Historical society hosts talk on 19th-century orphan trains

The Shelburne Historical Society hosts a talk Monday by local resident Daniel Bean who will share his research and knowledge of 19th-century Vermont.

A seventh-generation Vermonter and retired biology professor, Bean has delved into the little-known time in Vermont history where orphans from New York and Boston were brought by trains to Vermont.

Bean will describe the period of the mid-1880s when children, some orphans and some assigned to orphanages by their parents, were sent by train to many states from large cities with very large orphan populations. Cities across America with large orphan populations utilized these trains to disperse children to less-populated areas.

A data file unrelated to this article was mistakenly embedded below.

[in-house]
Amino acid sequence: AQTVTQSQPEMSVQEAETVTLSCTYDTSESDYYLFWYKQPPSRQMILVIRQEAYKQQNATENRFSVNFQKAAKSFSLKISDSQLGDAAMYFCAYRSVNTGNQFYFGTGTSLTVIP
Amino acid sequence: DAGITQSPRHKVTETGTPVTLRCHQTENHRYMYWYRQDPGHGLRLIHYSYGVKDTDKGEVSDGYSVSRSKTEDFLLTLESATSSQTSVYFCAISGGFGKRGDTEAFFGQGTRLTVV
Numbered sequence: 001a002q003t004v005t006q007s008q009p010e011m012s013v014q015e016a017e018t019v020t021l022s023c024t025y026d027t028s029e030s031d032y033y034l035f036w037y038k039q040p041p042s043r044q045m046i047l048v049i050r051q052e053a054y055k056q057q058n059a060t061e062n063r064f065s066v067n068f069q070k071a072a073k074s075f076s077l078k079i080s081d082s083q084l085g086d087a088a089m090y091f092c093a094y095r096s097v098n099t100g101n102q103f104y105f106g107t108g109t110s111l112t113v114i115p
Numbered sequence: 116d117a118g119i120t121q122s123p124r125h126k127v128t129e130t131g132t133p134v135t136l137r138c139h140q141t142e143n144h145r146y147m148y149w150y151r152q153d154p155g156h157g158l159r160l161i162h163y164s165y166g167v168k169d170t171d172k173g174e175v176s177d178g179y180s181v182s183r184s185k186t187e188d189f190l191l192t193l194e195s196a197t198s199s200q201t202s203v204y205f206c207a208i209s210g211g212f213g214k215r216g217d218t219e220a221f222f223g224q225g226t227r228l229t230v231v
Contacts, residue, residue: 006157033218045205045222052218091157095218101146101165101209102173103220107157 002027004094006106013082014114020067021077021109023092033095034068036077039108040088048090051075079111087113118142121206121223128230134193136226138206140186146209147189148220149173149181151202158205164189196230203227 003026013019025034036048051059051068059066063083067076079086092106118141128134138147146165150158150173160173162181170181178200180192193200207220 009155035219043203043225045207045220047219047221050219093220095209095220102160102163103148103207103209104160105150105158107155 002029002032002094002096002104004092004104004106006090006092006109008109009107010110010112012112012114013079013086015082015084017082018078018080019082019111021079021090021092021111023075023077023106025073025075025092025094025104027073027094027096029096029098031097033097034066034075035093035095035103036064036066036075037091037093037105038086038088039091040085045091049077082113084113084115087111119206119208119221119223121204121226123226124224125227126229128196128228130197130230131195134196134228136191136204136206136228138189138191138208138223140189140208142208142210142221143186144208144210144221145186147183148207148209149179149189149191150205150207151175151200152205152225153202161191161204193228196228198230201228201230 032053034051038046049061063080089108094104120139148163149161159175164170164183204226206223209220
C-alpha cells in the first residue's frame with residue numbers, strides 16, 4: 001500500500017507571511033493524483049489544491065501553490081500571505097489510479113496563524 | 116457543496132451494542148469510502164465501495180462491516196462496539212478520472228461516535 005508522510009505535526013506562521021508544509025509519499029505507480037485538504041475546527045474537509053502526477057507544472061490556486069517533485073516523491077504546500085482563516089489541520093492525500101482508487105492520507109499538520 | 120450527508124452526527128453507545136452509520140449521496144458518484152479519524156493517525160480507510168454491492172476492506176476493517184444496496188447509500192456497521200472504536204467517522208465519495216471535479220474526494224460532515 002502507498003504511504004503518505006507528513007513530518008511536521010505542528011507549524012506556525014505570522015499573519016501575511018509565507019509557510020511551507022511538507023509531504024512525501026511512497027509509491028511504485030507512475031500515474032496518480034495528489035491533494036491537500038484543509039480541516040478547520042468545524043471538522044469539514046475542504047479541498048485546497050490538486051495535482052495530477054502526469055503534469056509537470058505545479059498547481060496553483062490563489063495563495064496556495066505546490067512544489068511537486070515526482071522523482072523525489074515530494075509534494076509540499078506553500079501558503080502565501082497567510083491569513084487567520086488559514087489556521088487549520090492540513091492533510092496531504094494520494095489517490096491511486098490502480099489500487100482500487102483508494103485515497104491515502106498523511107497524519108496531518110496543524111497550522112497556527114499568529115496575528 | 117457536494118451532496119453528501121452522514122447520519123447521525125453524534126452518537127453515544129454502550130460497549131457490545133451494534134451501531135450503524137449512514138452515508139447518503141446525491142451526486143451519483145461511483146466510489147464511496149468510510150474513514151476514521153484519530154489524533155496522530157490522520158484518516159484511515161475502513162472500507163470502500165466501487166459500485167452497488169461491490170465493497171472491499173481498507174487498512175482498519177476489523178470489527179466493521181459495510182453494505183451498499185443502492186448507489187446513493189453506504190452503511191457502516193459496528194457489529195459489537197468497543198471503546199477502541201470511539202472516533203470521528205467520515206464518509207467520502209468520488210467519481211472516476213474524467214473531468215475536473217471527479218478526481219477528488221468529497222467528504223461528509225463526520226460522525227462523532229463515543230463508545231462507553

Bean’s talk will address why the trains were used, how the New York trains originated, and what is known of two carloads of children sent to upper western Vermont in 1905.

Bean, received his bachelor’s and masters’s degrees from the Universithy of Vermont and a Ph.D. from the University of Rhode Island; he taught biology at St. Michael’s College.

The presentation begins at 7 p.m. in Room 1 of the Town Offices.

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